Walk The Line
As children, we believe anything is possible. Our vision is clear; our hearts are pure. Our creativity knows no bounds. Our primary concern is to experience and share love with our family and friends. We are not limited by the need for fitting in. We are not governed (or limited) by a desire to collect money or achievements.
It’s a pure and beautiful instance in our lives.
As the years pass, society teaches us that this lifestyle is irresponsible, reserved for toddlers and misfits. The creativity that once drove us to creating whimsical works of art and cardboard castles worthy of King Arthur quickly becomes a liability in the work place.
We’re taught to play it safe. The educational systems teach us to color inside the lines, obey, follow the rules and strive for a steady position in the status quo. We are must conform and strive for pragmatism.
Life’s focus turns from relationships and wild dreams to the pursuit of riches and a lifelong mission to fill your CV with achievements and awards.
We are taught to be cautious and never to be naïve. Don’t be an idealist. Don’t take risks. Comfort and convenience should quickly replace whimsy and the drive for a better quality of life.
This is a reality that we all have experience with. It’s part of the fabric of the western, developed world. Some of us consistently fit it; others spend their lives defying it.
I do believe there is a fine line between bravery and naivety, however. Fair enough. Walking that line is viewed as reckless and irresponsible. Why take the risk of failing? What will people think if you’re wrong?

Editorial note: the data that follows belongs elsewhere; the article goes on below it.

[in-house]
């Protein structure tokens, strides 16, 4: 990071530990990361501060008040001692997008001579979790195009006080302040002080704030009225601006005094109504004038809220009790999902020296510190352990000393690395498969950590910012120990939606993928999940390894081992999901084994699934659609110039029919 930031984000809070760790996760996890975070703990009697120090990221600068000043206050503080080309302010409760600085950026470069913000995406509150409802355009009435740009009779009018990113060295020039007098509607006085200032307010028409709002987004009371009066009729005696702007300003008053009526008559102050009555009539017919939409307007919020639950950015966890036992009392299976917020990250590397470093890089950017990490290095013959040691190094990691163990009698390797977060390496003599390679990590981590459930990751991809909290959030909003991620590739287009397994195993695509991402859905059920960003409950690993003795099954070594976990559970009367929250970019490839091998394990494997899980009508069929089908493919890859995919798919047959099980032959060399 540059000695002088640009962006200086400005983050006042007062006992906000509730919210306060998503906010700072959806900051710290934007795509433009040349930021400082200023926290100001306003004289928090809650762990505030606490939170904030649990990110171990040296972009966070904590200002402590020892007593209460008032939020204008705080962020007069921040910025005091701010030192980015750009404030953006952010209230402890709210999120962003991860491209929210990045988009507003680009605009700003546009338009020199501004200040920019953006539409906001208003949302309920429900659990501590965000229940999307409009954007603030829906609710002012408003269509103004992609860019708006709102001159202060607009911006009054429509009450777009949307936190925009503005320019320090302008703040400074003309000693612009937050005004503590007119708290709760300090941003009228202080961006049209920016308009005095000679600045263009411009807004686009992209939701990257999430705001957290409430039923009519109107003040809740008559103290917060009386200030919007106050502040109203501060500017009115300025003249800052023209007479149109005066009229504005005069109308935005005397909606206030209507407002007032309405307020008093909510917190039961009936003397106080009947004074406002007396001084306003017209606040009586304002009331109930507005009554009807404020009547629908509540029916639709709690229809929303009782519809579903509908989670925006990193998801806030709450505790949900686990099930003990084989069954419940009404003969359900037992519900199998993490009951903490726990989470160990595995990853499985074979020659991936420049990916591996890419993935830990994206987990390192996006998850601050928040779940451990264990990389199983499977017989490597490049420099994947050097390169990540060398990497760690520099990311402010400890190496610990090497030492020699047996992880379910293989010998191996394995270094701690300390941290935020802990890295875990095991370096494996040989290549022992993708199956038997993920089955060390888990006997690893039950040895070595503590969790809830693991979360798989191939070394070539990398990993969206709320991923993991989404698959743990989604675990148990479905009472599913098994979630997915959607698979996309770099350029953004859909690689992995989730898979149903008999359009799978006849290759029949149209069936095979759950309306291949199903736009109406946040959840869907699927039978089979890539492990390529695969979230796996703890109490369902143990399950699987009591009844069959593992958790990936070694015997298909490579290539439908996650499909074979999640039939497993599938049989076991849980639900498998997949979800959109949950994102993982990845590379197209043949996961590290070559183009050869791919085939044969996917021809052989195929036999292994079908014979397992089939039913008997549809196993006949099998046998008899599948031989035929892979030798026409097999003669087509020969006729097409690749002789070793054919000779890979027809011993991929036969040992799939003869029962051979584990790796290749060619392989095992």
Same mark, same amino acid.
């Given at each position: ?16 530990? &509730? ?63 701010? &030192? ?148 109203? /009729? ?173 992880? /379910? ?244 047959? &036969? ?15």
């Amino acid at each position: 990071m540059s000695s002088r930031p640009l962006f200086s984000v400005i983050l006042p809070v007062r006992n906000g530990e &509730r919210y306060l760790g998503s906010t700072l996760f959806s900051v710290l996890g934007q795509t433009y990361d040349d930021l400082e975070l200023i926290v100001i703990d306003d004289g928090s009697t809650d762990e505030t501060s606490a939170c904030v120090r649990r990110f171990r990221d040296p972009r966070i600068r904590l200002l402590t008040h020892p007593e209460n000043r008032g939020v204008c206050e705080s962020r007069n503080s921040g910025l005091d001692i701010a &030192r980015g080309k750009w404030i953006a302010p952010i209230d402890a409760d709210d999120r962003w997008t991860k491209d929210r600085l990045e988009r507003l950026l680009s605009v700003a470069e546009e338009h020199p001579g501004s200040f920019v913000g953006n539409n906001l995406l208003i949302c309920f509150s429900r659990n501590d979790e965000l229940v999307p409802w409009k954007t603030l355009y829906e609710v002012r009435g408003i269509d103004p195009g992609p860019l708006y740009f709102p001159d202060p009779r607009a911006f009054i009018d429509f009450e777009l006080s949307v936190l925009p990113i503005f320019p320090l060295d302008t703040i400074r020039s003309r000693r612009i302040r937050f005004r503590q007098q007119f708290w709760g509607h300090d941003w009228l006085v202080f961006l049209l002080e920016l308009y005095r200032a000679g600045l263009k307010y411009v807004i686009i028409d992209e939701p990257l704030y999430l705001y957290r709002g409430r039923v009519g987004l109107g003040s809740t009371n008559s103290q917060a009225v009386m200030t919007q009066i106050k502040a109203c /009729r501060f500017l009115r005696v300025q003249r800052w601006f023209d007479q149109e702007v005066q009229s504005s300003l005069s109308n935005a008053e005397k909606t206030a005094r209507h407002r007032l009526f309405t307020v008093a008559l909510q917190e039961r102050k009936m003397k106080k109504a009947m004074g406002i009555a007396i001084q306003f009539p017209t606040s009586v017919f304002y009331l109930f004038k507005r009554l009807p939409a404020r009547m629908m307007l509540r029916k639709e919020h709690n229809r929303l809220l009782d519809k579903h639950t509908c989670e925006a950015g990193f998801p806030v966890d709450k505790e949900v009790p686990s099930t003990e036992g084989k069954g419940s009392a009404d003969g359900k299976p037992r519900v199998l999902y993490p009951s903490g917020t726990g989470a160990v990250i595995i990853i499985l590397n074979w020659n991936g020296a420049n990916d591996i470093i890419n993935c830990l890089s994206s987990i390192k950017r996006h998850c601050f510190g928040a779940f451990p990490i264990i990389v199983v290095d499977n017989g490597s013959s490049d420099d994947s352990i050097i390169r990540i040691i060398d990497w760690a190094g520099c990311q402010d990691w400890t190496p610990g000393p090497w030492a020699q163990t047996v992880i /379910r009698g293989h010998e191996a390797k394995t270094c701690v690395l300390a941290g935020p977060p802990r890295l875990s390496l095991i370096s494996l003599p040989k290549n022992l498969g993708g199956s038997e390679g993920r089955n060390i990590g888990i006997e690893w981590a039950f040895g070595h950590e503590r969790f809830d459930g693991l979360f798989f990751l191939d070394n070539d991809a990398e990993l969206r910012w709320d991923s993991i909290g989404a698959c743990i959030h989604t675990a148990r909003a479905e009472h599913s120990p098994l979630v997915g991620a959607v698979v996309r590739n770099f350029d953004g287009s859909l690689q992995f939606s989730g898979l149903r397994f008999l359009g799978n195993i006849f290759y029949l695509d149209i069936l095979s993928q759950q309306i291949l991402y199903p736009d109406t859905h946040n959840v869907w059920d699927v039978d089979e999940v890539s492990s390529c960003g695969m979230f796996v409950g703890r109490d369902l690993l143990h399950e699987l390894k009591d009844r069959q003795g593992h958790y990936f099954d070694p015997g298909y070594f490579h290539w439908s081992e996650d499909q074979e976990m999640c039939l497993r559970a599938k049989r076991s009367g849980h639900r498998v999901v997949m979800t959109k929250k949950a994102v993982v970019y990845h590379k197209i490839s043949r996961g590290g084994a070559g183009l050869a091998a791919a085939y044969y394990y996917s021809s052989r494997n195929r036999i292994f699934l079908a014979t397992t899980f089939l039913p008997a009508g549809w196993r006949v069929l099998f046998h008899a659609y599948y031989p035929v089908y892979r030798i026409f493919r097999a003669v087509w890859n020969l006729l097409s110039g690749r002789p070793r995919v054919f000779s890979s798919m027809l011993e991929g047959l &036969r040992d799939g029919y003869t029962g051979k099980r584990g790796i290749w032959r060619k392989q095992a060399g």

Conversely, one could argue that the line between naivety and bravery is where the extraordinary is most often unearthed. It’s where innovation happens. We must dare to fail in order to discover new ways of thinking and doing. Would being wrong or momentarily naïve really be that bad?
The biggest innovators, the boldest thinkers and the changemakers walk this line every minute of the day. The path to the extraordinary isn’t safe. It’s not going to help you fit in. People will call you naïve, irresponsible and reckless.
I suggest you embrace that. Own it. Gain power from it. Use that adrenaline to change the world. Put love and relationship above all else, even when society berates you for it. Don’t settle for comfort. Comfort is boring.
Imagine what life would be like if we all bucked the systems bound by safety and the status quo. Imagine the innovation and possibility. Imagine the art.
Johnny Cash, Einstein and Gandhi walked that line and we loved them for it. Come to think of it, any time someone walks this line and succeeds, we praise them for it. But if they walk the line and fail, we say, “I told you so”.
The question then becomes, “Am I willing to risk my social status in order to experience a truly extraordinary life?” Of course the more important question would be “Am I willing to forgo an extraordinary in order to play it safe and fit in?”
so beautifully said.
This is essentially why my wife and I desire to educate our child in a non-traditional way. Think of it as a cross between home schooling and experiential project based learning. We want to be able to travel and have our child grow up in a culturally diverse world.
Traditional education stifles creativity.
I agree completely, Jason. I pulled our Rwandan son out of school in Rwanda, and decided not to put him in school here in Kenya after realizing that we could teach him more at home (and in our businesses) in a year than he’d learn in 4 years of school here. And he has plenty of social activities already, so that’s not an issue. He’s traveling, learning about life, gaining experience in business, learning about relationships, and so on. Basically, he’s doing (right now) all the things that the rest of his would-be classmates will be doing 4 years from now. Figured we’d put him on the fast track to experiencing the extraordinary.